Kansas And Missouri Professional Licensing Attorney Asks Whether It is Ethical To Hasten One Death To Save Another Person?

Kansas and Missouri professional licensing attorney Danielle Sanger believes this is an important question to ask even if the answer at first blush might be repugnant. However, police are investigating an anesthesiologist in Los Angeles, CA for doing just that. The Los Angeles County coroner is conducting an investigation, in conjunction with local law enforcement authorities, into whether the physician gave a high dose of a powerful painkiller to kill an 8-year-old child faster so that the child’s organs could be harvested and sent to transplant patients.

According to Foxnews.com, in 2013, the 8-year-old child suffered cardiac arrest when the child was found hanging out of a washing machine. The child nearly drowned. Notwithstanding the heroic efforts of medical technicians, the child was saved; however, the child was placed on life support. The child’s family decided to remove the life support apparatus and subsequently the child passed away. The initial coroner’s report ruled the death an accident by near drowning. The child also suffered from “fragile x syndrome” which is a genetic abnormality causing developmental and intellectual deficiencies.

One of the L.A. County coroner’s investigators questioned the medical procedure that child received. The investigator wanted to delve into the reasons the anesthesiologist at Ronald Regan UCLA Medical Center administered a very high dose of fentanyl. The medical examiner at the time did not indicate a further investigation was necessary. A new chief medical examiner for the L.A. County coroner’s office subsequently added fentanyl overdose to the child’s cause of death but only after the investigator pushed for the change.

The issue came to light recently in a “whistleblower” lawsuit. The investigator sued L.A. County for damages claiming she was fired as retaliation for her persistent pursuit of what she believed was a contributing cause of death of the child. The lawsuit revealed the question asked by the coroner’s investigator.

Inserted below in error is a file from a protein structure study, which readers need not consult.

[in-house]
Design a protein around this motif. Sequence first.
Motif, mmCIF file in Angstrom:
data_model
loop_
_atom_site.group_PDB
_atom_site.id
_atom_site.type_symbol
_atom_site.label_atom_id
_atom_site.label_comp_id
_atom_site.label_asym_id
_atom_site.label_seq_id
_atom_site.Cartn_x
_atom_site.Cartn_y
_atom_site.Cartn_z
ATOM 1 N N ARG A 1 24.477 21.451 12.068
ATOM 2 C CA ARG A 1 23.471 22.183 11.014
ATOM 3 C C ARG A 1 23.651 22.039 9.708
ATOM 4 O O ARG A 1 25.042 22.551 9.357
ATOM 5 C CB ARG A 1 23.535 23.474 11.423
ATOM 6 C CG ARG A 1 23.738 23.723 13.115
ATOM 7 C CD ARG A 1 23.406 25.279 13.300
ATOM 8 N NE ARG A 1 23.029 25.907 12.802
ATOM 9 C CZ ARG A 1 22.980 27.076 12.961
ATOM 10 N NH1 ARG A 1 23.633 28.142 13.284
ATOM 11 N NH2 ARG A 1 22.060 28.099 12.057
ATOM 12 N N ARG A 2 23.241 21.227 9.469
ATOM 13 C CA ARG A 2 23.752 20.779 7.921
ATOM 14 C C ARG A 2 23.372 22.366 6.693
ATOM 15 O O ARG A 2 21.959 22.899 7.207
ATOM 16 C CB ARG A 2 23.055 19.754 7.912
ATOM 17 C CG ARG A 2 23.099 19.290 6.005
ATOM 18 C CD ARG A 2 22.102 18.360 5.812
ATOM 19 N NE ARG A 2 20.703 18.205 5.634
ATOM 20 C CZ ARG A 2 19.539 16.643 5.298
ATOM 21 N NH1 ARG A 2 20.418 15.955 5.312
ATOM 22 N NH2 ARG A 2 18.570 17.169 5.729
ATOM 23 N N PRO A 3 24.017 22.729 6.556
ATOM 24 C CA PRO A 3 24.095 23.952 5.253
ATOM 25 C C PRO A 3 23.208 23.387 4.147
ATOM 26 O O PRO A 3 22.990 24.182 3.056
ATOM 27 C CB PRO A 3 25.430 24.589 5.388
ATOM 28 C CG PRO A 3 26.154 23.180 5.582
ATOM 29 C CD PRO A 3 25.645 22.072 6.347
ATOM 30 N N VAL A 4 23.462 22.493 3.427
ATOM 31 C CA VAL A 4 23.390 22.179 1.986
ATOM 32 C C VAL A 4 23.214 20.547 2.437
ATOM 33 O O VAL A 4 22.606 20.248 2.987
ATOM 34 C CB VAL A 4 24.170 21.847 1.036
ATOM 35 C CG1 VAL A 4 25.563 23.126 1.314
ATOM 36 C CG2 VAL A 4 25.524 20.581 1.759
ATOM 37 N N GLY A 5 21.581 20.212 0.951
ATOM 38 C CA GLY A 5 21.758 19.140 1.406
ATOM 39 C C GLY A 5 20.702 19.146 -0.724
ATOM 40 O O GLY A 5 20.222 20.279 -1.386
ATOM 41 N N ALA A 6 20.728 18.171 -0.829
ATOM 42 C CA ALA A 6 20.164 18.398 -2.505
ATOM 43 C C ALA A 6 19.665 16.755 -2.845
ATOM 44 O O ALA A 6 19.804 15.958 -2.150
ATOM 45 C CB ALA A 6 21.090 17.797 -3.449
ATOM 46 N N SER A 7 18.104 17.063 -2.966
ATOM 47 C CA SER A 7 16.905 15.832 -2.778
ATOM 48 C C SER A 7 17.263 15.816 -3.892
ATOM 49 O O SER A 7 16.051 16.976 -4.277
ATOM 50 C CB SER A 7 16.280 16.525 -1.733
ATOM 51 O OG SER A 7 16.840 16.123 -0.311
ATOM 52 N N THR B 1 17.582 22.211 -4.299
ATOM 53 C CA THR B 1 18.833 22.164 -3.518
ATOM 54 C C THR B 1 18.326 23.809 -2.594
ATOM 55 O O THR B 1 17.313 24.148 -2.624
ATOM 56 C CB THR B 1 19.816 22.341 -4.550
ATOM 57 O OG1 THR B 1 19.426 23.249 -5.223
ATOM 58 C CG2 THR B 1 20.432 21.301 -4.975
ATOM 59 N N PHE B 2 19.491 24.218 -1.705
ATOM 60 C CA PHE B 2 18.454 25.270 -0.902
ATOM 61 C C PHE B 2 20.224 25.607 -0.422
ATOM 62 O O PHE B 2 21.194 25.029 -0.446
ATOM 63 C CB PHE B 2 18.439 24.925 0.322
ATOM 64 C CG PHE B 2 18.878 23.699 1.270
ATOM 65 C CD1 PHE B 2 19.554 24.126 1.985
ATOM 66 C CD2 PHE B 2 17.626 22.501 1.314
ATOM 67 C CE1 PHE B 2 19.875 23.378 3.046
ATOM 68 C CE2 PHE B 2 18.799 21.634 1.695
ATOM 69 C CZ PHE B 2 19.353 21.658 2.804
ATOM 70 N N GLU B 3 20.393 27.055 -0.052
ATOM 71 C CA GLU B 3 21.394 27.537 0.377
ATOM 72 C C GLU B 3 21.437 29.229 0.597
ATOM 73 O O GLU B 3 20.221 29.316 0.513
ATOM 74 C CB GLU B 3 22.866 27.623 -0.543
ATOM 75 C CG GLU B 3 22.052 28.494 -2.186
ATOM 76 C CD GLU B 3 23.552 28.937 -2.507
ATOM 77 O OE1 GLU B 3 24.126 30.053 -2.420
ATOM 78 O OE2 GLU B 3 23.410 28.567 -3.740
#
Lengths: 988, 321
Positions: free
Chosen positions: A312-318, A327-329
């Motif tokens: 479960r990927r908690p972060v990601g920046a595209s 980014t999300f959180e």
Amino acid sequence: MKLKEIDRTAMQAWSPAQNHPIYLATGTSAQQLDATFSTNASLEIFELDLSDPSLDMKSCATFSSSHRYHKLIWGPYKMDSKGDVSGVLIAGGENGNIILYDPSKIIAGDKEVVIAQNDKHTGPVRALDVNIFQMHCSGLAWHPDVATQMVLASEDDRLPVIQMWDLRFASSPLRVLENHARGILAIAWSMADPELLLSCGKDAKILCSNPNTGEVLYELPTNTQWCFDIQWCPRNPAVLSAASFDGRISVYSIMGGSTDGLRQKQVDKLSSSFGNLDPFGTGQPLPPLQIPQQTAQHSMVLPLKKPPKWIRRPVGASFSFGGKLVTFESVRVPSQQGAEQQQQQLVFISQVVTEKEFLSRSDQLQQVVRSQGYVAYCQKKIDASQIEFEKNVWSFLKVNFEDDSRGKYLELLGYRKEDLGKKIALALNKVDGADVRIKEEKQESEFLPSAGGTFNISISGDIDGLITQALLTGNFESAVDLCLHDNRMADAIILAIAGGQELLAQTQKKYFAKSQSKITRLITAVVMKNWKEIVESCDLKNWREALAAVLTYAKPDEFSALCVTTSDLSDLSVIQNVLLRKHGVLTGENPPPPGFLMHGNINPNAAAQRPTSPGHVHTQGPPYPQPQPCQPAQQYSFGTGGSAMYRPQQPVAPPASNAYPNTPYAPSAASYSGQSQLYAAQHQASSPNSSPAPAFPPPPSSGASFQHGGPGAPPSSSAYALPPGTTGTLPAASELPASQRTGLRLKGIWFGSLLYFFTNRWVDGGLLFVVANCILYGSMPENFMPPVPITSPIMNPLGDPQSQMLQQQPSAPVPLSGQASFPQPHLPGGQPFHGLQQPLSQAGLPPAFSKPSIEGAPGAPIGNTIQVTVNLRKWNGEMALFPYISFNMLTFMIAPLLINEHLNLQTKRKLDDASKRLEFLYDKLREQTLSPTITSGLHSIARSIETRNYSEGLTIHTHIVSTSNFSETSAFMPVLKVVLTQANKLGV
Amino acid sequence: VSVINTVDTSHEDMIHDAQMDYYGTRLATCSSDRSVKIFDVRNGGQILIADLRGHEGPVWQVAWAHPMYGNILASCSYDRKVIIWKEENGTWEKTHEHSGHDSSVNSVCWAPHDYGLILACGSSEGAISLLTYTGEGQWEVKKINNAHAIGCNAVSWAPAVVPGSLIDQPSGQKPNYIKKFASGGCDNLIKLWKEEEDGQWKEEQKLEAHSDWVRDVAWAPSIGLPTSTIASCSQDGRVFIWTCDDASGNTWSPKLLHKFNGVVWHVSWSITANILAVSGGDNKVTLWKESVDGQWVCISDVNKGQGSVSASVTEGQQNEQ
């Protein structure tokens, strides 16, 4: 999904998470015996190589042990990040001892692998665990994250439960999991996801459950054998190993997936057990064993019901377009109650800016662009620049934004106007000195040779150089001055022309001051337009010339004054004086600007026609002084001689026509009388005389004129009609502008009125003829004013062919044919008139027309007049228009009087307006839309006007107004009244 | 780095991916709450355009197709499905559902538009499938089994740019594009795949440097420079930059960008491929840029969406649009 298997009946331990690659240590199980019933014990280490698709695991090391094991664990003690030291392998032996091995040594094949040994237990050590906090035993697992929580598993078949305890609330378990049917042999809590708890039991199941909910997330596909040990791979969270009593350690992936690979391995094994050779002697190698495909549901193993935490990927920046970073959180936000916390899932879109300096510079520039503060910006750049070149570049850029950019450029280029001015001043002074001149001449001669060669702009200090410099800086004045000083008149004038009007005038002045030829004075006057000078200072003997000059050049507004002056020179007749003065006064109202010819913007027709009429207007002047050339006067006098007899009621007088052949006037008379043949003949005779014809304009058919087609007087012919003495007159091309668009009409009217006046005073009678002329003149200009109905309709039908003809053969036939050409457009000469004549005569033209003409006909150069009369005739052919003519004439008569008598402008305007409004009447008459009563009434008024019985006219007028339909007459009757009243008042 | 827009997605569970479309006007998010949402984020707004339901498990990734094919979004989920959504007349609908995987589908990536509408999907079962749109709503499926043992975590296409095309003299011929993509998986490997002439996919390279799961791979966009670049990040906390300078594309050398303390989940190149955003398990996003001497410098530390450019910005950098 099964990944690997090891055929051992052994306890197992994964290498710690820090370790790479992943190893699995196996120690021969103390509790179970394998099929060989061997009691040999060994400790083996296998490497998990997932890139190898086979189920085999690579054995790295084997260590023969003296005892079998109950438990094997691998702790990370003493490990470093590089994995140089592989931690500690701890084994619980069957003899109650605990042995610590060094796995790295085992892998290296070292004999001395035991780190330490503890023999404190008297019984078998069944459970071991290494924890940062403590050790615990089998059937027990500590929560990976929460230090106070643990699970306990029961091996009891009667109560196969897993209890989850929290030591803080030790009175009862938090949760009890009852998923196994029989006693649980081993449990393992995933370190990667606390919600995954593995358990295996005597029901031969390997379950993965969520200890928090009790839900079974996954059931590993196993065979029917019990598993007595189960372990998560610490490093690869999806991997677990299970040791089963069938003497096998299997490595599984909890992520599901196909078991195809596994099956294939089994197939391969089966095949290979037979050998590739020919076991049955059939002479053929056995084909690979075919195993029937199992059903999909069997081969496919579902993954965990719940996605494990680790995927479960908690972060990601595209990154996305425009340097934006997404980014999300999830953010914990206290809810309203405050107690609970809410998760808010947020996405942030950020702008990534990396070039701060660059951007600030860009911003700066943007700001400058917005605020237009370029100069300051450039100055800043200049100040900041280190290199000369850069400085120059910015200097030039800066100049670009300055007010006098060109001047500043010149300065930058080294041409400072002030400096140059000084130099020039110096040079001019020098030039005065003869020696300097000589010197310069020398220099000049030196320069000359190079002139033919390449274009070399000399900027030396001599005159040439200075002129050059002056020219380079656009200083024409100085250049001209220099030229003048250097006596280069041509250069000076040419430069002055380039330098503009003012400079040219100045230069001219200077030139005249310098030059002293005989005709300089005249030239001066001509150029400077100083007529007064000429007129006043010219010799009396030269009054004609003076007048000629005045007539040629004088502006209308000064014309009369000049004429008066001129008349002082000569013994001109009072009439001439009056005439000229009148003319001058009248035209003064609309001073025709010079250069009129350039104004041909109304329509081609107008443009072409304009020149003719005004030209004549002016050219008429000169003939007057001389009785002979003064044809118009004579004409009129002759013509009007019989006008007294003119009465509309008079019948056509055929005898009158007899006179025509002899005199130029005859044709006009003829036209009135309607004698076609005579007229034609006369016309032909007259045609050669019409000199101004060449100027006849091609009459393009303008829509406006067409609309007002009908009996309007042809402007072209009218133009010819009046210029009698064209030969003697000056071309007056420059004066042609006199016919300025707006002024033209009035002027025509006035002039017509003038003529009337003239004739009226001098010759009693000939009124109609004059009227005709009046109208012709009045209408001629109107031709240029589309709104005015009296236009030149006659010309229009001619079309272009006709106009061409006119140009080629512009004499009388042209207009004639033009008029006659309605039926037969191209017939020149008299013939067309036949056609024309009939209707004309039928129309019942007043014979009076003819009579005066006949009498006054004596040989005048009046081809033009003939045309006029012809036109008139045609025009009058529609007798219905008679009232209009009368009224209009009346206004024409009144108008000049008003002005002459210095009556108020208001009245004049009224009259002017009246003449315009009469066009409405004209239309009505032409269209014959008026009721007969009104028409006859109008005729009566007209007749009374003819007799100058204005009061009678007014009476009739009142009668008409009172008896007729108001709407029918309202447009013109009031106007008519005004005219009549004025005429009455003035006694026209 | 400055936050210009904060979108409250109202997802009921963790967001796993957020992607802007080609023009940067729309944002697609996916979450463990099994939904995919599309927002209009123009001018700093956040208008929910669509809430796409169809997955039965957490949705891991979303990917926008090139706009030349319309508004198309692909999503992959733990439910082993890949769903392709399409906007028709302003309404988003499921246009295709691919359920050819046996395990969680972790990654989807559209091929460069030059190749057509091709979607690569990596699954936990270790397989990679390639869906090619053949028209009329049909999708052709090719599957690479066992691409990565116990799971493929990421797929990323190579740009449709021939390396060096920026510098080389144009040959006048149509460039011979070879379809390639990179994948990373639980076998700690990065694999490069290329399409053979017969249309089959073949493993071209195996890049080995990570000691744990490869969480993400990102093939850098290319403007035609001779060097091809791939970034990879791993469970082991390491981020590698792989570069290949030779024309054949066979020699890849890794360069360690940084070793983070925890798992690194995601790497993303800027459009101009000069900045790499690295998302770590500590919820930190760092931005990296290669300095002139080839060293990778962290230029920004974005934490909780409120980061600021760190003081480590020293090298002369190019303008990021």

The young boy was never going to regain consciousness or brain function after spending 25 minutes face down hanging out of a washing machine. The boy’s heart stopped, but paramedics were able to restart it. Unfortunately, the brain was irrevocably damaged. The child was not clinically brain dead, but his parents knew he would never awaken. They decided to remove him from life support and donate his organs.

Physicians could not harvest the boy’s organs until his heart stopped beating even though the ventilator was removed. Organs begin to decay only after 30 minutes of oxygen deprivation.  During that time, the anesthesiologist attending to the child gave a dosage of the powerful painkiller fentanyl. Physicians do not know whether people in the state in which the child lay feel pain. Consequently, physicians order painkilling medication just in case.

UCLA Medical Center policy approves using painkillers in a situation such as this. However, hospital policy expressly forbids hastening a death to preserve organs. Medical records produced in the lawsuit only indicate that the dying boy received comfort measures. No reference was made to the use of Fentanyl. However, the coroner’s office determined that the boy received 500 micrograms of the drug despite his tiny frame which carried merely 47 pounds.

Additional evidence leads one to question whether the anesthesiologist violated hospital policy and the ethics of her profession. According to the lawsuit, after doctors removed the ventilator, the boy gasped for air until the anesthesiologist administered the pain medication. Then, the boy peacefully slipped away.

Zealous Representation For Medical Professionals Facing Discipline

Kansas and Missouri professional licensing attorney Danielle Sanger is a zealous advocate for professional licensees. She has dedicated her practice to fighting for people to keep their livelihood and their careers when facing discipline. Contact Attorney Sanger today at 785-979-4353.